Meanwhile, in the art room Ella is cleaning the easel. Again, because she paints almost every day, this job makes sense to her. We recently covered the easel with clear contact paper, and it's so much easier to wash clean now.
More helping hands jobs are not shown here - helping make snack, putting it out, and later, cleaning up snack before outside time, folding laundry, sweeping the front porch or back steps, straightening shelves, and so on. You get the idea.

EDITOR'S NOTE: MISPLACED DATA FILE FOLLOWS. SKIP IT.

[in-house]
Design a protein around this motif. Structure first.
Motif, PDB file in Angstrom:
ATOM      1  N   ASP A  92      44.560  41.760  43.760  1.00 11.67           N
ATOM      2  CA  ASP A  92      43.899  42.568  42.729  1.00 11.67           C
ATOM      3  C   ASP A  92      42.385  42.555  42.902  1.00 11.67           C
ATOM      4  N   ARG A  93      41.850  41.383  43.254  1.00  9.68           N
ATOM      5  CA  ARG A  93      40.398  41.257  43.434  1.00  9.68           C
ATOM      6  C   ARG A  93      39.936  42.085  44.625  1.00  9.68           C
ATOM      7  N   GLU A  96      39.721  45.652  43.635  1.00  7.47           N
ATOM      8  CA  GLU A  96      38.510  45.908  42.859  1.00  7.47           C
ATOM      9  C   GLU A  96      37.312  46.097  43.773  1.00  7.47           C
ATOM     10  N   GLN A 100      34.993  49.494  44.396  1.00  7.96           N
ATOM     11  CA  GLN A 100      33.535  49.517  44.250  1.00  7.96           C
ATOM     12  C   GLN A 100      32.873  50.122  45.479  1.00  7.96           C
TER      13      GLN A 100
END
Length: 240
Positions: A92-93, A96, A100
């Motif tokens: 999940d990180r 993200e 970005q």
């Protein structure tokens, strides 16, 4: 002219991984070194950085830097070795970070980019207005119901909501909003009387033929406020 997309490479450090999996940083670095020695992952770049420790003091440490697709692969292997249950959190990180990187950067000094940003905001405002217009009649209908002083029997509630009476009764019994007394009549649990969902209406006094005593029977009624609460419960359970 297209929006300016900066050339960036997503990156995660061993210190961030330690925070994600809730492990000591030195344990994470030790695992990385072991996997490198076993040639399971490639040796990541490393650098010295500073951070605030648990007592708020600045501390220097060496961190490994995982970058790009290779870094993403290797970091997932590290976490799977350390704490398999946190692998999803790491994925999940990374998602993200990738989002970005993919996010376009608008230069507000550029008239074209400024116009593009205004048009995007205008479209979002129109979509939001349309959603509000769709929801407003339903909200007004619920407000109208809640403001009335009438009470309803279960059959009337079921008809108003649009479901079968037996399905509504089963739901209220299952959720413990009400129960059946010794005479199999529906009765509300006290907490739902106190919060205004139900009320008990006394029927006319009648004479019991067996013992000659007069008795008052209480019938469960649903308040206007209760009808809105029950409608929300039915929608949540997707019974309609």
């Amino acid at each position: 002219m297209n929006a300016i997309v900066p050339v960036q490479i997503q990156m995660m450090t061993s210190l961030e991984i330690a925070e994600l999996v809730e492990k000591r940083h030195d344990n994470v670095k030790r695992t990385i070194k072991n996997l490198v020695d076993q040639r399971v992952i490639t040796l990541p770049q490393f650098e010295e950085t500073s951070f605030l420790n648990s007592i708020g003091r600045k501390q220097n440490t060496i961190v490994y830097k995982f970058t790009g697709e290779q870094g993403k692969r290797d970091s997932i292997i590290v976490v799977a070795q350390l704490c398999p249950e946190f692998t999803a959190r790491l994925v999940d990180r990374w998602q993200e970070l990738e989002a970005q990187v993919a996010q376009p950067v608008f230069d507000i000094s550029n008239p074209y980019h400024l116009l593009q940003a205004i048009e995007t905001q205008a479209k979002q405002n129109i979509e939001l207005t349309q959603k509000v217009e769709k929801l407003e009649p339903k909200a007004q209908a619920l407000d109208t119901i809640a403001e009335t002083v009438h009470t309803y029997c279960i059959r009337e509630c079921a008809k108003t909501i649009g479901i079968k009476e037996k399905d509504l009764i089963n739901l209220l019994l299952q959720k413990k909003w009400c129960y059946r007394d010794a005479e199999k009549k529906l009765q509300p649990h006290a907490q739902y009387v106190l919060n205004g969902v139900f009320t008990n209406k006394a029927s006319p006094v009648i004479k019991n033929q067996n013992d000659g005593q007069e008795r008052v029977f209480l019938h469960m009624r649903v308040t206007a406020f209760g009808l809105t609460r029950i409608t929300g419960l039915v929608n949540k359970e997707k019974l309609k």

My intent in writing this is not only to say, look at all these jobs these capable children do every day, but to offer gentle encouragement to bring a living culture of helping out into your lives at home. Do follow the link to the WSJ article; it offers some simple guidelines which I don't need to repeat here. An important part of building this shared experience at home is to remember to acknowledge your child by describing what he has done - "the table is clean again," "you matched up all the socks!" Tell him often that he is "becoming a helper" - not just "good job" or "what a big boy." Bring your children into the daily reality of caring and helping at home, and remind yourselves when it gets tricky (which it will, even every day) that over time your children will become more responsible, empathic, self-reliant, and capable people.